Over 2% of the population suffers from atopic dermatitis, a chronic, recurrent skin disorder. Immunologic abnormalities and the resultant release of inflammatory mediators play a key part in the pathogenesis of this illness, which is still unknown. Treatment with glucocorticoids has long been the gold standard, although their efficacy is restricted because of their side effects. The 5-lipoxygenase pathway produces leukotrienes (LTB4, LTC4, LTD4, and LTE4), which are metabolites of arachidonic acid. They have a crucial role in inflammatory and atopic diseases. In asthma, LT modulating medications have proven to be effective. The potential efficacy of LT antagonists in atopic dermatitis has recently piqued people’s curiosity.
LTs have been shown to have a function in atopic dermatitis in both in vitro and in vivo studies. 5-lipoxygenase inhibitors and LT receptor antagonists are the two categories of LT-modulating medicines. Because the 5-lipoxygenase inhibitor works at an earlier stage in the LT synthesis pathway, it can affect the production of all LTs, including LTB4, whereas receptor antagonists only affect the cysteinyl LTs, such as LTC4, LTD4, and LTE4. This decrease in LTB4 activity might indicate that employing LT synthesis inhibitors rather than LT receptor antagonists for atopic dermatitis has a therapeutic benefit.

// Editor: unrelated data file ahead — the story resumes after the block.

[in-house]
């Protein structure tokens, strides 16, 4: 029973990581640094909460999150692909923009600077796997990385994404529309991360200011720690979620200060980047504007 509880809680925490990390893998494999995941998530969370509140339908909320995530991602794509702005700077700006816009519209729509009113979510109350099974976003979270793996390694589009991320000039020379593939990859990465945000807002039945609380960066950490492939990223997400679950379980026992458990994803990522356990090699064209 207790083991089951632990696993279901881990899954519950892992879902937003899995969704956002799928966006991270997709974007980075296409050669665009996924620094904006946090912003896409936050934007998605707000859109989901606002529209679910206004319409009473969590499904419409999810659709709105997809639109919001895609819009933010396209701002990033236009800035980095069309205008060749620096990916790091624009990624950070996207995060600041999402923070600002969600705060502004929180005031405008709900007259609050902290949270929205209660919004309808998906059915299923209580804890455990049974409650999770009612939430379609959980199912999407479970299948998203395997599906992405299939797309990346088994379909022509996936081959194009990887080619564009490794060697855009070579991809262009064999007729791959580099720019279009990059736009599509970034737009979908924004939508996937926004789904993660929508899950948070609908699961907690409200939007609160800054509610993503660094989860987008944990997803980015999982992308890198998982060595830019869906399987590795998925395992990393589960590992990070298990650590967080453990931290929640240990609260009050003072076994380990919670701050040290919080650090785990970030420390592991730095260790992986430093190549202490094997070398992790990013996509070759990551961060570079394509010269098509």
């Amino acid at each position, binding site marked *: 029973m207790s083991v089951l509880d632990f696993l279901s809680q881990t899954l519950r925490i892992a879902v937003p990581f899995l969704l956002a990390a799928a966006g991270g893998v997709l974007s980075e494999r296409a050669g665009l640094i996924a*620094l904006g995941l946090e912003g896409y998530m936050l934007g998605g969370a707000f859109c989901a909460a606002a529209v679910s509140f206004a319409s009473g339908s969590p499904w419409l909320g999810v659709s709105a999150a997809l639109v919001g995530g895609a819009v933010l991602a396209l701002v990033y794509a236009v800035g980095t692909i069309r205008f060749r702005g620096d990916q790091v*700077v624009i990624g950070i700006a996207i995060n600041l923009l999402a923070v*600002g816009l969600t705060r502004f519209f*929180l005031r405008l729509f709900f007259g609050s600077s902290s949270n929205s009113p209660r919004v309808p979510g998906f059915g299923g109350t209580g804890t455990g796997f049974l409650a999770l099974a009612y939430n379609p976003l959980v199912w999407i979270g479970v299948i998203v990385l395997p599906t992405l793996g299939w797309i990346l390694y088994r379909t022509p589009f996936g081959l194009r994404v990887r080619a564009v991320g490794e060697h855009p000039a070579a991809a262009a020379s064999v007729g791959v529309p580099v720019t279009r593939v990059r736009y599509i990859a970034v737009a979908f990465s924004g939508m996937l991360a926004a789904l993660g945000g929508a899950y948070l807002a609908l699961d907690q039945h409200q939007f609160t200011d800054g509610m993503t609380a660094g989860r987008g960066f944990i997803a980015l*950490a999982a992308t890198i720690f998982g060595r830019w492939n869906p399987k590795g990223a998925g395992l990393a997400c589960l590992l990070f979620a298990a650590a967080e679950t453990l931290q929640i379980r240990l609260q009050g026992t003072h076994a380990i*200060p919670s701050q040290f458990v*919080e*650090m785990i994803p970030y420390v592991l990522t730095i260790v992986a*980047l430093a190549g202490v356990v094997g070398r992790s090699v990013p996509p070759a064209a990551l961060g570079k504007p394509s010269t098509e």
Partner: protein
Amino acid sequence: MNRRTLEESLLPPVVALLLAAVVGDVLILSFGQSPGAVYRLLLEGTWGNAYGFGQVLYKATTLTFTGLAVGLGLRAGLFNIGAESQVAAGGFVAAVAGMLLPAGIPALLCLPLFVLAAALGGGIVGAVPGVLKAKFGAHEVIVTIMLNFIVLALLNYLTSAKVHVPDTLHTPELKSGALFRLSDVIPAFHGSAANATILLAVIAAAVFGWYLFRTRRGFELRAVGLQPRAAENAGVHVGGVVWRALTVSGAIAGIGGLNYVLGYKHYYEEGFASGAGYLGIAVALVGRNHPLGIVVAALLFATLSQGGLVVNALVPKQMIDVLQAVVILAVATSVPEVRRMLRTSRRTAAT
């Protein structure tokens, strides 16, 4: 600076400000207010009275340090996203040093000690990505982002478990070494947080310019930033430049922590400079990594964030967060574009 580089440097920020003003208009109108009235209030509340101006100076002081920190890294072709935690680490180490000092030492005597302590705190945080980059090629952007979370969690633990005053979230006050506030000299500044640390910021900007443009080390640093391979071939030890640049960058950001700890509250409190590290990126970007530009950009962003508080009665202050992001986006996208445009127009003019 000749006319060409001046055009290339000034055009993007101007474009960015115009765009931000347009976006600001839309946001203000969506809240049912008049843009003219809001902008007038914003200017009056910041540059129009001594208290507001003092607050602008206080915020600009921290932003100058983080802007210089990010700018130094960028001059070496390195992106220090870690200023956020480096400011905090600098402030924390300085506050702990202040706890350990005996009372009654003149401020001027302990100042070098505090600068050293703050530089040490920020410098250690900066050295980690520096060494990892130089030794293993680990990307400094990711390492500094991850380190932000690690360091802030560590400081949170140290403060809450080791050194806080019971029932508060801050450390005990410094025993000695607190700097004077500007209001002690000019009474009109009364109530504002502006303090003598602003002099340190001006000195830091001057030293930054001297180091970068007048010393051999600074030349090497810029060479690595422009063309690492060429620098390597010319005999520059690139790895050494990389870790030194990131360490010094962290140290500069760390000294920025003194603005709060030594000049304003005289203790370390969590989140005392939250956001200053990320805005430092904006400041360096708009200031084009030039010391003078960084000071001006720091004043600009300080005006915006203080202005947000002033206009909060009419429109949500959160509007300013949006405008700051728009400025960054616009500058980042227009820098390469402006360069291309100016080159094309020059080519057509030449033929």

Although there is minimal clinical evidence of the use of LT drugs in atopic dermatitis, early results are promising, and these compounds may one day be used as corticosteroid-free therapies for atopic dermatitis.
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